"Pass-a-Loutre offers hunters some excellent waterfowl hunting, but it can be challenging if you're not prepared to run rough water or hunt in some very primitive conditions," warns Shane Granier, a Louisiana Department of Wildlife and Fisheries staff member who manages this area. "Hunting pressure is fairly light on Pass-a-Loutre, and there's a good reason for this. It's just so remote. It's utilized mostly by veteran hunters, not novices. It's important to emphasize that hunters coming to Pass-a-Loutre for the first time must be prepared for some potentially dangerous boating conditions."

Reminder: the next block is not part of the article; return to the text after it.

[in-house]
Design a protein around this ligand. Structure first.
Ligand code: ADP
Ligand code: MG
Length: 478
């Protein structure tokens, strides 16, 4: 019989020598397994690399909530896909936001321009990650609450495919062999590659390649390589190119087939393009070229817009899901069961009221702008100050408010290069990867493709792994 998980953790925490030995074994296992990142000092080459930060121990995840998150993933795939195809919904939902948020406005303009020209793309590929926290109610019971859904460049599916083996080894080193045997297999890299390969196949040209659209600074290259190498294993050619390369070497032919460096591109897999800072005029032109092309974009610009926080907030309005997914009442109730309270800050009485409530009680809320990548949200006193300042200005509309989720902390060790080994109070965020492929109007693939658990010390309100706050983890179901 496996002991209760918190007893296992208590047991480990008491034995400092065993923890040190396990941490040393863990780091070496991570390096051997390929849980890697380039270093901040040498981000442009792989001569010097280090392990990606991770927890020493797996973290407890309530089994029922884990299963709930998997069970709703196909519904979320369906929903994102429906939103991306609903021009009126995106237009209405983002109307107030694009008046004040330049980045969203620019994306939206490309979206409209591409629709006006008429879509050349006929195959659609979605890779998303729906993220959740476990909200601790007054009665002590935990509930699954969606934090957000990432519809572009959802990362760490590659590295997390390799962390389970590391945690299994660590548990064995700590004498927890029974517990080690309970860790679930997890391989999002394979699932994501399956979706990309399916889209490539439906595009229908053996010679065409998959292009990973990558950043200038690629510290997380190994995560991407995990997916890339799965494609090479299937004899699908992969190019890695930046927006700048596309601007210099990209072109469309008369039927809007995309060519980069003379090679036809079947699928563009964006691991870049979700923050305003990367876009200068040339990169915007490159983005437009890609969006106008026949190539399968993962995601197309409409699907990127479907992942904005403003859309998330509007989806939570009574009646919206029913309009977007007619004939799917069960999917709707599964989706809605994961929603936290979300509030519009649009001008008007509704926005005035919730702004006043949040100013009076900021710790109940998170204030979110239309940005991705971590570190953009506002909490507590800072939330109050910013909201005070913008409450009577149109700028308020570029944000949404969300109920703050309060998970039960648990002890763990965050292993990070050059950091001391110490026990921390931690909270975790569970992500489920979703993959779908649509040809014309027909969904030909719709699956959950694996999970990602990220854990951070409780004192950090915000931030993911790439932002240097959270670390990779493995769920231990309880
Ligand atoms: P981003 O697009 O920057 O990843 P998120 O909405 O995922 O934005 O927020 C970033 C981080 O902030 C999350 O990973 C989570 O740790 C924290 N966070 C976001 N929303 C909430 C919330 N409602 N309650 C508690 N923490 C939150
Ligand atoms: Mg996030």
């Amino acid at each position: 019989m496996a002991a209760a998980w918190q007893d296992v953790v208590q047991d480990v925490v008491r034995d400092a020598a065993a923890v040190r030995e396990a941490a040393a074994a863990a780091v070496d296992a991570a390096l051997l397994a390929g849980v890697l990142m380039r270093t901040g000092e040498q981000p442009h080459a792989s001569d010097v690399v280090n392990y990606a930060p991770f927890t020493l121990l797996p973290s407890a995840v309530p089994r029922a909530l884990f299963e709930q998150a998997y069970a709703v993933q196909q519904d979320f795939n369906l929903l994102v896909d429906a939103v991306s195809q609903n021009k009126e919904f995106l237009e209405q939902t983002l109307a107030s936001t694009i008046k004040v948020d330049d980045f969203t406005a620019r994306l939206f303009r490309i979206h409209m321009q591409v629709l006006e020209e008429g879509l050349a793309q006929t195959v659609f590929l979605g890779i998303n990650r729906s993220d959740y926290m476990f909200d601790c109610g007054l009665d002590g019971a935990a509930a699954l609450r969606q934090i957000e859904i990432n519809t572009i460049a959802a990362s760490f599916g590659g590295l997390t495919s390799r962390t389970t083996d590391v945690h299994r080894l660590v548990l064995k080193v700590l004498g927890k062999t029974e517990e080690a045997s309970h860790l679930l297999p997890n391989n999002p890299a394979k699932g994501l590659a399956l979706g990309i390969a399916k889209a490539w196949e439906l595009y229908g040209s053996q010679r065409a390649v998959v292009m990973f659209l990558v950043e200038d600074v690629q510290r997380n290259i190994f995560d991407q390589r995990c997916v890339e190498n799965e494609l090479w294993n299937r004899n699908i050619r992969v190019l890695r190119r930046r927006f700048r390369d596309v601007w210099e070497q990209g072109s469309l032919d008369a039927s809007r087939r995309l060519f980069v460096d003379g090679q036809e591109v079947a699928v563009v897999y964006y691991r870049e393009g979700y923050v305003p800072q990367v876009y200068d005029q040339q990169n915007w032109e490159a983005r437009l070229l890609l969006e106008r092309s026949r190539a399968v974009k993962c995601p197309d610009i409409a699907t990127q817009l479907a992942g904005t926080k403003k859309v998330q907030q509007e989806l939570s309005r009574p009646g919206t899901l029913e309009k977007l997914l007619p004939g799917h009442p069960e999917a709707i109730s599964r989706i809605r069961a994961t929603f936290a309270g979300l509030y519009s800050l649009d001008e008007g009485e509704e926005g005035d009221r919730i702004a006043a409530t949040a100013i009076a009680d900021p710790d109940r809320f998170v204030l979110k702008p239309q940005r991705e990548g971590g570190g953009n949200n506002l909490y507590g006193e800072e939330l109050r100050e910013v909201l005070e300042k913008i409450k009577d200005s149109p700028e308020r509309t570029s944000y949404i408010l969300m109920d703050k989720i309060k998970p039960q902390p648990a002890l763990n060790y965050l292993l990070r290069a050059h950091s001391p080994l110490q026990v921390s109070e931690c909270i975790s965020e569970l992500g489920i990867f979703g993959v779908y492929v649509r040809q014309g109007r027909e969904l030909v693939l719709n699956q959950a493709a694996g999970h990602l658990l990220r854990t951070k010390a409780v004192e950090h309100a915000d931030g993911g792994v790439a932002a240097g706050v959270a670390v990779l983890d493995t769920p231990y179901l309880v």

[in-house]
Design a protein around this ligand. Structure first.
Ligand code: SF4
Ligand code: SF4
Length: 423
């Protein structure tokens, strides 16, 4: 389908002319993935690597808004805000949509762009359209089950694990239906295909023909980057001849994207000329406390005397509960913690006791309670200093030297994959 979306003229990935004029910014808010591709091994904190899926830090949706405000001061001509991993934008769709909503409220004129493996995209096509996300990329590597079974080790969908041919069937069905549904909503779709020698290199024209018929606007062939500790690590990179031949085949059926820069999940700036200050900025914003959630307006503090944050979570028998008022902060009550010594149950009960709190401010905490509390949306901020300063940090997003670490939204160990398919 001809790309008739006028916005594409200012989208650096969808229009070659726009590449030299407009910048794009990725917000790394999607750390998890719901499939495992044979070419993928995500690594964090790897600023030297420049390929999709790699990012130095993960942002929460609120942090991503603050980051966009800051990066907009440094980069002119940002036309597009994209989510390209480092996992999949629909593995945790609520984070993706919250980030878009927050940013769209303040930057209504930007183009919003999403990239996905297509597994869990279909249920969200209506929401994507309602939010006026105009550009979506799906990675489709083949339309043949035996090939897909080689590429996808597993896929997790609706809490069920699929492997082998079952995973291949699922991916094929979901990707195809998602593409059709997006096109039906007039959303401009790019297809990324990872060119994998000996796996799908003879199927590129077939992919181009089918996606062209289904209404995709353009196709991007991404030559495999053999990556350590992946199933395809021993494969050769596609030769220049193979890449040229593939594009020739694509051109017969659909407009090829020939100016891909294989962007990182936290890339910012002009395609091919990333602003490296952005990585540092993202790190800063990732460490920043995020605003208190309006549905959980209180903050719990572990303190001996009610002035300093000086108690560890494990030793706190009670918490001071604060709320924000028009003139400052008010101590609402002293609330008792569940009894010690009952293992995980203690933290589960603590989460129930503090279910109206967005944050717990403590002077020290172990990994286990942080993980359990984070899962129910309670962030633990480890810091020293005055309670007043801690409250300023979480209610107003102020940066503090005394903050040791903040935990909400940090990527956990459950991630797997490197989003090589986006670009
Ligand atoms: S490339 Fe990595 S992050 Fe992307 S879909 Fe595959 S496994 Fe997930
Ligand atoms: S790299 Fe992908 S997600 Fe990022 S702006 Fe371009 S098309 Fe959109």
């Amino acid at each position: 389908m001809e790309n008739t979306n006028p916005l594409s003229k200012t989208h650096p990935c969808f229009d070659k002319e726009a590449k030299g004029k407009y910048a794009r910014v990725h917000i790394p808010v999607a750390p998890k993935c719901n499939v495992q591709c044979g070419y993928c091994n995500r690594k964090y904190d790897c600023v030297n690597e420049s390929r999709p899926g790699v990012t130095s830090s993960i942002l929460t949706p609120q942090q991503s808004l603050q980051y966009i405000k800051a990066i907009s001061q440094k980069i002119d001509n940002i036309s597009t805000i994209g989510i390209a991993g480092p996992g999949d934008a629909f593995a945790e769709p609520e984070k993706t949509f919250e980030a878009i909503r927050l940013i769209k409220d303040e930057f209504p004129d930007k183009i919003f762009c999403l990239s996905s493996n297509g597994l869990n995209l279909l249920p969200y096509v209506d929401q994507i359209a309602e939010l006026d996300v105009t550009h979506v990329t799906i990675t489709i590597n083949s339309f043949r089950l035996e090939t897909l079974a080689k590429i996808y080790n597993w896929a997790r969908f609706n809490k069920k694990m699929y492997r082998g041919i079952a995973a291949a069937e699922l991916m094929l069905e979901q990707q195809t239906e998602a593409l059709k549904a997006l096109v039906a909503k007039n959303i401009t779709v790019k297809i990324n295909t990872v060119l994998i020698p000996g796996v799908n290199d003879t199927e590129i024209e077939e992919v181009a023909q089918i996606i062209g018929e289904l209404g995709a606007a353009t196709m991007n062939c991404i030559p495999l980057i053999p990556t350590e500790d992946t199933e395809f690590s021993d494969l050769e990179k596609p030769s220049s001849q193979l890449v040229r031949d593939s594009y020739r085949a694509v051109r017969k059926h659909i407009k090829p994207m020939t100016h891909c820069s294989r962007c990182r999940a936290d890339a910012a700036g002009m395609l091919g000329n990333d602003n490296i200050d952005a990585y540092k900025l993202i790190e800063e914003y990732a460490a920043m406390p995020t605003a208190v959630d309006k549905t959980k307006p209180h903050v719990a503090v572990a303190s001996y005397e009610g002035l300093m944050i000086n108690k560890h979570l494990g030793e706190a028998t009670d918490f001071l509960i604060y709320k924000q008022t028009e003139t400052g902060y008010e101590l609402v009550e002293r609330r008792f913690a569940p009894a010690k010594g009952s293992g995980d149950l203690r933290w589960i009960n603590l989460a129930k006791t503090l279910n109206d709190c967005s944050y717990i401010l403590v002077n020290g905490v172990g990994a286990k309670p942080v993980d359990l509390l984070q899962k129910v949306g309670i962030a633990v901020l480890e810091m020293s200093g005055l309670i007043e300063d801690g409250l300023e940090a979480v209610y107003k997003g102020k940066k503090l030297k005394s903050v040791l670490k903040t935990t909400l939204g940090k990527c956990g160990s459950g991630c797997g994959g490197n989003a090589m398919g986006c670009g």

Hunting on Pass-a-Loutre is open during legal shooting hours every day of the season. Hunters claim spots on a first-come, first-served basis. Primary species taken here are gadwalls, blue-winged and green-winged teal, pintails, wigeon, and canvasbacks.
A survey of hunter success in 2013 showed that an average bag of 3.4 ducks was taken per hunter per day at Pass-a-Loutre—the largest bag of any wildlife management area in Louisiana. Most hunters run the big river in large boats and carry or tow pirogues to access shallow backwater ponds that offer the best shooting.
Five primitive campgrounds are available for hunters for camping and hunting for consecutive days. The Louisiana Department of Wildlife and Fisheries offers a simple line map of the Pass-a-Loutre WMA at www.wlf.louisiana.gov. Granier also recommends that hunters planning to hunt Pass-a-Loutre study Internet mapping software such as Google Earth to find navigable cuts and ponds not shown on the agency's map.
Learn about destinations in the other flyways: